We spend most of the Seder night talking about the Exodus story. But right towards the beginning of the Haggadah, we say something that almost casually dismisses the central theme of the night, the Exodus:
צֵא וּלְמַד מַה בִּקֵּשׁ לָבָן הָאֲרַמִּי לַעֲשׂוֹת לְיַעֲקֹב אָבִינוּ: שֶׁפַּרְעֹה לֹא גָזַר אֶלָּא עַל הַזְּכָרִים, וְלָבָן בִּקֵּשׁ לַעֲקֹר אֶת־הַכֹּל – Go learn what Lavan from Aramean sought to do to our father Yakov; Pharaoh only oppressed the males, whereas Lavan tried to destroy it all!
But it doesn’t quite resonate.
Pharaoh was a genocidal despot who cruelly enslaved an entire race and murdered children indiscriminately – לֹא גָזַר אֶלָּא עַל הַזְּכָרִים. He ticks every box on the villain archetype bingo card, which is, in large part, why the Exodus was such a big deal.
Our ancestor Lavan is characterized as a tricky swindler who provides refuge and safe harbor when Yakov is on the run with nowhere to go. Over time, Lavan gives him his family, a home, and tremendous wealth and resources.
In what universe can we plausibly say that Lavan was worse than Pharaoh? Moreover, doesn’t that undermine Pharaoh’s atrocities and perhaps the entire Seder?
R’ Jonathan Sacks suggests that the Haggadah reminds us of Lavan as a warning that threats don’t always look like the atrocities of Pharaoh; sometimes, they appear in the form of the kind person who took you in and gave you so much.
Nothing is surprising about our response to imminent danger. When calamity strikes in the form of a Pharaoh-type villain, we know what to do; across the ages, in the face of adversity, Jews have been resilient, doubling down on study, prayer, repentance, and enhanced observance – וְכַאֲשֶׁר יְעַנּוּ אֹתוֹ כֵּן יִרְבֶּה וְכֵן יִפְרֹץ.
The danger Lavan poses is far more insidious. Lavan doesn’t hurt Yakov in the physical world; he hurts Yakov in the world of spirit, making Yakov forget who he was – לַעֲקֹר אֶת־הַכֹּל. Affluence, no less than genocide or slavery, threatens Jewish continuity by making us forget who we are.
For the many souls lost to pogroms, Crusades, the Inquisition, or the Holocaust, there are memorials and prayers, history books, and proclamations of “Never Again.” But, in the words of R’ Noach Weinberg, there is a spiritual Holocaust with no memorials or monuments; how many souls have been lost, assimilated to an open society that so warmly invites us in?
Before Moshe’s death, he warned of precisely this pitfall because humans are consistently prone to falling in:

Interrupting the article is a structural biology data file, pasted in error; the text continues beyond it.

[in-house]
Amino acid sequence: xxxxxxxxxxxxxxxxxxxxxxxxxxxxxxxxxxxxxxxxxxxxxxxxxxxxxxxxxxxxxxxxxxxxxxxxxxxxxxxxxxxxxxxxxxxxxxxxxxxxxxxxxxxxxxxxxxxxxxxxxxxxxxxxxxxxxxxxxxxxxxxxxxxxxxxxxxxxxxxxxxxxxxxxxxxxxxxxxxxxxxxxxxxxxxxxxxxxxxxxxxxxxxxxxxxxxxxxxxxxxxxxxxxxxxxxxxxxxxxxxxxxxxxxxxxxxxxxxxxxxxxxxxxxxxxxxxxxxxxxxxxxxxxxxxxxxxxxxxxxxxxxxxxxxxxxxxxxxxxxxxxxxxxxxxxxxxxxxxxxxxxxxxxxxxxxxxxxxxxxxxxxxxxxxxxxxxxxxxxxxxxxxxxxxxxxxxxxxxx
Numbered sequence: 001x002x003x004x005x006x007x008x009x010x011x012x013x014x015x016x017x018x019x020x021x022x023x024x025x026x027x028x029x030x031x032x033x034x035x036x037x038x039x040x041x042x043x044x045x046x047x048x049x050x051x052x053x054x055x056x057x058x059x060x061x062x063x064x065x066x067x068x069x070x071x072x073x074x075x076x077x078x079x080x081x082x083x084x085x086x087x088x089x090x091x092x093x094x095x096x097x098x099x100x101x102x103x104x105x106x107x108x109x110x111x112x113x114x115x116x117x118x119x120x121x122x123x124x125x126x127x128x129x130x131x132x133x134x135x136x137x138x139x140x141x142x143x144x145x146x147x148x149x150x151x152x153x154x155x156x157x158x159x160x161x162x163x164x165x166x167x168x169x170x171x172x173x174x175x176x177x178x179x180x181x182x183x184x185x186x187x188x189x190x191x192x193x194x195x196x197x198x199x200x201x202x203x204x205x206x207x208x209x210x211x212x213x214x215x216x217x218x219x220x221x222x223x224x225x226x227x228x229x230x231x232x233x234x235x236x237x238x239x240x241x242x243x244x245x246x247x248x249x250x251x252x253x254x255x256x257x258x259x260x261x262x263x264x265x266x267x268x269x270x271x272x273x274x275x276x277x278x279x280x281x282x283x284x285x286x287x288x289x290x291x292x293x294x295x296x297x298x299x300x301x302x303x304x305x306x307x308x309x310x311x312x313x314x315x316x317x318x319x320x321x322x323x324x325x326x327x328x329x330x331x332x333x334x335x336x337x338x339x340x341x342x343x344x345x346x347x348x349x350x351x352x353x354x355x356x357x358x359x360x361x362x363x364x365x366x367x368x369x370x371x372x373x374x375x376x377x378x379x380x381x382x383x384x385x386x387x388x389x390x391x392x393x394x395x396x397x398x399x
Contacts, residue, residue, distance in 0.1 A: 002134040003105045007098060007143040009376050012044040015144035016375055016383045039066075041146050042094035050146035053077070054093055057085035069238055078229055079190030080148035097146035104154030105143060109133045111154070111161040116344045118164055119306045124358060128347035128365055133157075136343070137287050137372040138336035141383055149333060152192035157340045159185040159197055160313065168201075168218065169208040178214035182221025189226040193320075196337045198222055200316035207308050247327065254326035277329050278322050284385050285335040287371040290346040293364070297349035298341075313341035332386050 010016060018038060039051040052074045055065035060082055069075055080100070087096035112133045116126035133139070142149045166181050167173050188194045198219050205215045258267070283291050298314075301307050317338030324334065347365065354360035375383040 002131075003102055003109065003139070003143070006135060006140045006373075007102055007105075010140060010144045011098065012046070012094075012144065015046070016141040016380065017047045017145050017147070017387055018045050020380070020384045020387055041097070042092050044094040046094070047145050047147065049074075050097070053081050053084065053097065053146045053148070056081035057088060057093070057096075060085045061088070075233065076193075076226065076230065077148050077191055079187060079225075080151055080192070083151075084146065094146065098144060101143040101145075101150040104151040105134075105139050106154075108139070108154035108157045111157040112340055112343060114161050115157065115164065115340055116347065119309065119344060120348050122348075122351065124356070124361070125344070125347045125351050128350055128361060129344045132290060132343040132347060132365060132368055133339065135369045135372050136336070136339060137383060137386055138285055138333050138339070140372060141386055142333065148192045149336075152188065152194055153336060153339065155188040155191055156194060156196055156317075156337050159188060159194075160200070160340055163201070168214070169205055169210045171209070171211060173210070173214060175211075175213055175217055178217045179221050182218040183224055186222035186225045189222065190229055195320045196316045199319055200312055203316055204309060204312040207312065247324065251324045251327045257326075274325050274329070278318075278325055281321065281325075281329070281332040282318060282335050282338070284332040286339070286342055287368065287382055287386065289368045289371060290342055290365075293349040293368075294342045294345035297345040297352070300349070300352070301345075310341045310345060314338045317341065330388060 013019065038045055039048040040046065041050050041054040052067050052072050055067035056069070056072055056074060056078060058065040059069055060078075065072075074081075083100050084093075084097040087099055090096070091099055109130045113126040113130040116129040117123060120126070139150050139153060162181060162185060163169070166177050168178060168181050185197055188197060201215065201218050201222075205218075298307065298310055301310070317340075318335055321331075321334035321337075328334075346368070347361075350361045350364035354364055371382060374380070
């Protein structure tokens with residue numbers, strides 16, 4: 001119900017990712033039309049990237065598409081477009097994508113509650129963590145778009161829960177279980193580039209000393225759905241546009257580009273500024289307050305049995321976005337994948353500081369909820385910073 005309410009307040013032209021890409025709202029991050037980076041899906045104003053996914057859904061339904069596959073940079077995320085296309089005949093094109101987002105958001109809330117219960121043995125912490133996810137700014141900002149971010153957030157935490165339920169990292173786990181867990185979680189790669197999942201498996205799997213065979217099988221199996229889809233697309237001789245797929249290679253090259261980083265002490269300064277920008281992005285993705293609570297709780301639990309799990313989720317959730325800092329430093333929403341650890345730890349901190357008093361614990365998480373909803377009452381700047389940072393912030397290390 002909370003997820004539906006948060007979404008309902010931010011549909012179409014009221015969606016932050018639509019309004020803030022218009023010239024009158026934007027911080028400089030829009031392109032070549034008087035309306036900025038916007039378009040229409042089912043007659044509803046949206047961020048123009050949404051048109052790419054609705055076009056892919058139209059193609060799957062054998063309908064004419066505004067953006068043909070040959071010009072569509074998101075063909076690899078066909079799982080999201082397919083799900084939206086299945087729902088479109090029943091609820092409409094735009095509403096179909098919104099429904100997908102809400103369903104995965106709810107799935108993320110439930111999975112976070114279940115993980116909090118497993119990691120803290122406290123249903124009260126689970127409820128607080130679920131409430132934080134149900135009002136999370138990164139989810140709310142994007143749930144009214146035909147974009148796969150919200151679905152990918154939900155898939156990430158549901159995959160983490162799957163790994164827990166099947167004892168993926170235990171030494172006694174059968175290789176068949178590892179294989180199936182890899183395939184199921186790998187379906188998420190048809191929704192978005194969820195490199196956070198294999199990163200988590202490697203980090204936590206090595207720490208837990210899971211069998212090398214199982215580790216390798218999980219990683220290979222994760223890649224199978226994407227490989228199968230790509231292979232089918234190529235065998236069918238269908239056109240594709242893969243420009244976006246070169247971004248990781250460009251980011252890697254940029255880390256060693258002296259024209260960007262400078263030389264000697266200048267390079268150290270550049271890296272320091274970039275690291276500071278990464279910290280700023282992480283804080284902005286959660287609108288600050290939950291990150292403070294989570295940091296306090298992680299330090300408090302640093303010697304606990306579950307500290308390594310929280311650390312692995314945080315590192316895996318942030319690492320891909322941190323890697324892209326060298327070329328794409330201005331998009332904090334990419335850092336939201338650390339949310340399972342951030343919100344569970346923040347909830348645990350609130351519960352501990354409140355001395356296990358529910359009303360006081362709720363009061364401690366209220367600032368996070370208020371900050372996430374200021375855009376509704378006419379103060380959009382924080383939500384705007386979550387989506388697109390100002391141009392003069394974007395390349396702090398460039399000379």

הִשָּׁמֶר לְךָ, פֶּן-תִּשְׁכַּח אֶת-ה’ אֱלֹקיךָ, לְבִלְתִּי שְׁמֹר מִצְותָיו וּמִשְׁפָּטָיו וְחֻקֹּתָיו, אֲשֶׁר אָנֹכִי מְצַוְּךָ הַיּוֹם. פֶּן-תֹּאכַל, וְשָׂבָעְתָּ; וּבָתִּים טֹבִים תִּבְנֶה, וְיָשָׁבְתָּ.וּבְקָרְךָ וְצֹאנְךָ יִרְבְּיֻן, וְכֶסֶף וְזָהָב יִרְבֶּה-לָּךְ; וְכֹל אֲשֶׁר-לְךָ, יִרְבֶּה.וְרָם, לְבָבֶךָ; וְשָׁכַחְתָּ אֶת-ה’ אֱלֹקיךָ, הַמּוֹצִיאֲךָ מֵאֶרֶץ מִצְרַיִם מִבֵּית עֲבָדִים – Take care that you don’t forget the Lord your God and fail to keep His commandments, rules, and laws, which I instruct you today: when you have eaten, and you are satisfied and built fine houses to live in, and your herds and flocks have multiplied, and your silver and gold have increased, and everything you own has prospered, be careful that your heart does not grow haughty and you forget the Lord your God—who freed you from the land of Egypt, home of slaves… (8:10-14)
The Beis Halevi highlights that Yakov prayed for God to save him from the hand of his brother, the hand of Esau – מִיַּד אָחִי מִיַּד עֵשָׂו – because each strategy requires different treatment – the destructive capacity for violence – מִיַּד עֵשָׂו – but also the warm embrace of brotherhood that is no less of a threat – מִיַּד אָחִי.
Perhaps that’s why the Haggadah reminds us that Lavan might be worse than Pharaoh. Faced with Lavan, people are oblivious to the threat, invisibly slipping away, silent, and without putting up a fight.
It is one thing to believe in God when you need His help. It is another thing entirely when you have already received it and are in a comfortable position.
The Haggadah and the Seder provide us the antidote – צֵא וּלְמַד. Hold on to your identity, your history, and where you come from.
When you know who you are, it’s harder to get lost.